SEATTLE -- It started as a writing workshop at the Washington Corrections Center for Women. Six years later, the If Project has generated thousands of inmate essays that are used to mentor at-risk youth.
The inmate who helped start it all is now out of prison after serving a lengthy sentence for drugs and weapons convictions.
“I have the leg monitor on, I’m living in Pioneer housing and just got a job,” said Renata Abramson.
While incarcerated, Abramson met Seattle police detective Kim Bogucki, who, she said, changed her outlook on life with a simple question: If somebody could have said or done something that could have helped you, what would that have been?
With that, the If Project was born. Abramson encouraged other inmates to write essays answering the "if" question and Bogucki took those responses to youth in juvenile detention.
“There are kids out there at those points, making those choices, and when they read your words, our hope is they take a different direction,” said Bogucki.
Friday is one of the first times Abramson has spoken in public outside prison at Pioneer Industries, a nonprofit that helps former inmates find jobs.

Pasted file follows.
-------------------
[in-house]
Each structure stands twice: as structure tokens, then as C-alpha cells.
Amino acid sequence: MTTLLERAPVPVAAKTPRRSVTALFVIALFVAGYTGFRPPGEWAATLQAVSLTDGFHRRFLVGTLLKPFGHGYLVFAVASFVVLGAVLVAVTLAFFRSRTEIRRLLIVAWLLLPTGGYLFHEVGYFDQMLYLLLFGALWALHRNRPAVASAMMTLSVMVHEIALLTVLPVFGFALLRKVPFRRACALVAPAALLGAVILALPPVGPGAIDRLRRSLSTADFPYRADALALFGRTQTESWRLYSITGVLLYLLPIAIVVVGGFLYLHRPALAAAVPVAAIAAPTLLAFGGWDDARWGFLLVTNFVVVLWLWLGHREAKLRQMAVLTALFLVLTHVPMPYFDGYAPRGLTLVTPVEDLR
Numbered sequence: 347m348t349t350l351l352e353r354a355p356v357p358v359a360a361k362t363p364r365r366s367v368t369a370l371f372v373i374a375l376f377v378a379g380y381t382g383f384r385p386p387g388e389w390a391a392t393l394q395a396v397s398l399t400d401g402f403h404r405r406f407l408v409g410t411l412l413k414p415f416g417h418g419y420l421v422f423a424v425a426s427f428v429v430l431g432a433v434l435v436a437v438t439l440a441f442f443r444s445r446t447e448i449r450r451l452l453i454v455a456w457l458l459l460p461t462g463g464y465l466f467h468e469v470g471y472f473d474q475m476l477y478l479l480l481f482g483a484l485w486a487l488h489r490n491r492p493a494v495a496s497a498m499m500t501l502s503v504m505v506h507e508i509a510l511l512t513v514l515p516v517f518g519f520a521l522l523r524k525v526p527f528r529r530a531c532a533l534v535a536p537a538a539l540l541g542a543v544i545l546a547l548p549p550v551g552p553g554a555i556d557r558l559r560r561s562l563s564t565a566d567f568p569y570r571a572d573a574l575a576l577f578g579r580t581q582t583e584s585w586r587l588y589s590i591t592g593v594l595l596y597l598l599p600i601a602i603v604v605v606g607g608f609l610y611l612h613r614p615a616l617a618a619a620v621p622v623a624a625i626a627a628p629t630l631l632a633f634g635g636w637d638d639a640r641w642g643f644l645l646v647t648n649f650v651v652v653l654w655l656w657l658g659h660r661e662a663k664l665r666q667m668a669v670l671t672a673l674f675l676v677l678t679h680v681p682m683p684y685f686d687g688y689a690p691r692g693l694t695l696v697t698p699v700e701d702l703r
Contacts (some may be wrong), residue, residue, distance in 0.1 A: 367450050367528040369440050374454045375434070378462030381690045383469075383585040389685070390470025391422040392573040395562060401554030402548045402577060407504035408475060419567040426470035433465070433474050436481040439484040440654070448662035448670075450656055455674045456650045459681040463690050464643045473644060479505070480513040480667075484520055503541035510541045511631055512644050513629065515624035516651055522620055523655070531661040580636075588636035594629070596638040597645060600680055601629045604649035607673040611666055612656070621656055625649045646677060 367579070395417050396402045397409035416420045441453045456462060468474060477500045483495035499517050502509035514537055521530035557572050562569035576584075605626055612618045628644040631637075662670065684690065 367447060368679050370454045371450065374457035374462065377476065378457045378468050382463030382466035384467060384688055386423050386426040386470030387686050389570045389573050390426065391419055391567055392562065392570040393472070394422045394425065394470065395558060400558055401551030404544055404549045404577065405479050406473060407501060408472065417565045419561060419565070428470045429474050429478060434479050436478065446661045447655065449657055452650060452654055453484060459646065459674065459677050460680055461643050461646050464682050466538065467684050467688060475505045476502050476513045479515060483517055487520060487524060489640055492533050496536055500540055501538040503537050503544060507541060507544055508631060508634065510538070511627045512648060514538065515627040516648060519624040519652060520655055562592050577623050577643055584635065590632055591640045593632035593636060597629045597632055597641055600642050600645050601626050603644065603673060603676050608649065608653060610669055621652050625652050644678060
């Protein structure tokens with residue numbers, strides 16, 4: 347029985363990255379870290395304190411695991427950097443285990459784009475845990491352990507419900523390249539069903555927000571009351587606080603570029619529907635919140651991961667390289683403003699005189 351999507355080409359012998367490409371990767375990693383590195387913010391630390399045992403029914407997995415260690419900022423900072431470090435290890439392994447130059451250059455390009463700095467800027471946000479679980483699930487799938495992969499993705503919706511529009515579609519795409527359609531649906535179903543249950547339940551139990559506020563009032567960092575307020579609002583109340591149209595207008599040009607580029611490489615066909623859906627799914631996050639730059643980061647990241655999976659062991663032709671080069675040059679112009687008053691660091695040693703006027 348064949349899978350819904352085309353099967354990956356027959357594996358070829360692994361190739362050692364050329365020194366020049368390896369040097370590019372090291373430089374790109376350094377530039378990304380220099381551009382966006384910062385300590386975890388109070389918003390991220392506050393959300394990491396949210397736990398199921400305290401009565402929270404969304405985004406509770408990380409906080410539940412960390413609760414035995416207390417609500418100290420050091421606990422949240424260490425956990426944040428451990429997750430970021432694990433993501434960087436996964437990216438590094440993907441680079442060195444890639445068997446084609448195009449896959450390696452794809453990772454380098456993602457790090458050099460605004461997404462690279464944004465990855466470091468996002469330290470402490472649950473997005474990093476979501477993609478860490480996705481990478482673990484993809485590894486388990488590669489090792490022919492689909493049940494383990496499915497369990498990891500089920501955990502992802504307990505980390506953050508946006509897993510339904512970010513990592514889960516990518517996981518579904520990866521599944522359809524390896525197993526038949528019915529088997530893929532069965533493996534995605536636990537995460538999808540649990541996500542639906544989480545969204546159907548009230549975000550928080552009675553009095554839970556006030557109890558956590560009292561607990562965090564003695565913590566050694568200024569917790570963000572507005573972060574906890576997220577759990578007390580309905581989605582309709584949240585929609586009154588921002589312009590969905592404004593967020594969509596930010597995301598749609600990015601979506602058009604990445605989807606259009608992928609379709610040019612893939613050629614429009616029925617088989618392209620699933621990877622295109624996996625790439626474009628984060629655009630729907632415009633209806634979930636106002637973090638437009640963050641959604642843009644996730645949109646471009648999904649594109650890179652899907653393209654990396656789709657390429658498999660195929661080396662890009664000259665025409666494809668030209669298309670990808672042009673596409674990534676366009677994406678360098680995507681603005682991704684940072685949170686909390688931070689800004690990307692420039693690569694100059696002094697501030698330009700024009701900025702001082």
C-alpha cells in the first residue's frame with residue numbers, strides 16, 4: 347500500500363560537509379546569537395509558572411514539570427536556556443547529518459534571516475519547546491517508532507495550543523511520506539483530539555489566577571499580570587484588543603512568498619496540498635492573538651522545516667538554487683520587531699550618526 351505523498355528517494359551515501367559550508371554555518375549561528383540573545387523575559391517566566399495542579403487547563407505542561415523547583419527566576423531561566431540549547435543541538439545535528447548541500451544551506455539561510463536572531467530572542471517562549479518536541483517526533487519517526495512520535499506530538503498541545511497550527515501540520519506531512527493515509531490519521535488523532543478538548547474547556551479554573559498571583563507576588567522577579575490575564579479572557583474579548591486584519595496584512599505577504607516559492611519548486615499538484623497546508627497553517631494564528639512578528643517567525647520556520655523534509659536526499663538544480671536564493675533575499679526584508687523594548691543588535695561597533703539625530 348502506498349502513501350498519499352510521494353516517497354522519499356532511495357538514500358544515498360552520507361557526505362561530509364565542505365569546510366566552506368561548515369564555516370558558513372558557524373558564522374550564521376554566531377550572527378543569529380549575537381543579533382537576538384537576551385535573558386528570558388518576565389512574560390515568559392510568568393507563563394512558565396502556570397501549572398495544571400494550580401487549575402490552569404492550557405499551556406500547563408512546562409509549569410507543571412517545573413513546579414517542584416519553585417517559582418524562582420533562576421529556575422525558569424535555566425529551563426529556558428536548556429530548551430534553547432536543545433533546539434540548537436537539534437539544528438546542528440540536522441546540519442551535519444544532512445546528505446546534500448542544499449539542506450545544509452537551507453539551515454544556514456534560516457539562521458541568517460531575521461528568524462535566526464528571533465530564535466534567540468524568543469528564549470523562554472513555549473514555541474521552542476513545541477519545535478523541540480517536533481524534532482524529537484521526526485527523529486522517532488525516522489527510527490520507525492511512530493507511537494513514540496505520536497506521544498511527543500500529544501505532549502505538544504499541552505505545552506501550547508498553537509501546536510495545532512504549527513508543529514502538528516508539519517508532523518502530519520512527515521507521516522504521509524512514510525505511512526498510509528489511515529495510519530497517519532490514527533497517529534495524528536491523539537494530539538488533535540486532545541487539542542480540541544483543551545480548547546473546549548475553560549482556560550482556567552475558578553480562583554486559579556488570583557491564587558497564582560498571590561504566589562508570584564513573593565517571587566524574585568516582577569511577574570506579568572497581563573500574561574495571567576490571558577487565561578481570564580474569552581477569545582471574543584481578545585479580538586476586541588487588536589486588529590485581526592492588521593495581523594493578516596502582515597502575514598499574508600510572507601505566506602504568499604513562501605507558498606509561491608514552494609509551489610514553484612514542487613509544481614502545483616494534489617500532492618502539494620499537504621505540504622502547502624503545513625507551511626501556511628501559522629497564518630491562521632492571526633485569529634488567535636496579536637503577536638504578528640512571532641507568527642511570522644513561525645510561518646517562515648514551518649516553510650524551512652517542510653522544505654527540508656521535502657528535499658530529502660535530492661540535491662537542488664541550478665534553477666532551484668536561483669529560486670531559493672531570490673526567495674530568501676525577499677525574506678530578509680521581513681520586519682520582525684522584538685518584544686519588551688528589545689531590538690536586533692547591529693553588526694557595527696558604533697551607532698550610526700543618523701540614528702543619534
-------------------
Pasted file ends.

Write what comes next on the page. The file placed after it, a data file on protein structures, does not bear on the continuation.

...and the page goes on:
“I’ve done time in California, Nevada, and this was my second time in Washington. I always got caught. I always ended up in prison and had to change my way of thinking,” said Abramson.
The men and women at Pioneer were moved when hearing Abramson speak.
“It made me cry. It gave me hope and inspired me,” said one young woman named Anette. “I was in the juvenile system, the foster care system and in group homes and I can relate to them.”
So could Shawna Dudley-Pry, who grew up in Bremerton, just like Abramson.
“I grew up very rough. I had my first kid at 13. My dad is locked up right now; my mom and brother are locked up right now. If my mom or dad had an opportunity to go through the program and had Kim and Renata come talk to me when I was younger, I think it would have made a difference,” said Dudley-Pry.
Abramson is happy to be out of prison and living a stable life, using her story to positively influence others.
“People really look up to us. It’s kind of a shame to say that because we’ve committed crimes, but now they get to see me on the outside. It’s amazing. I just try to stay focused and hope I can say something encouraging to them and reach out and touch them,” said Abramson.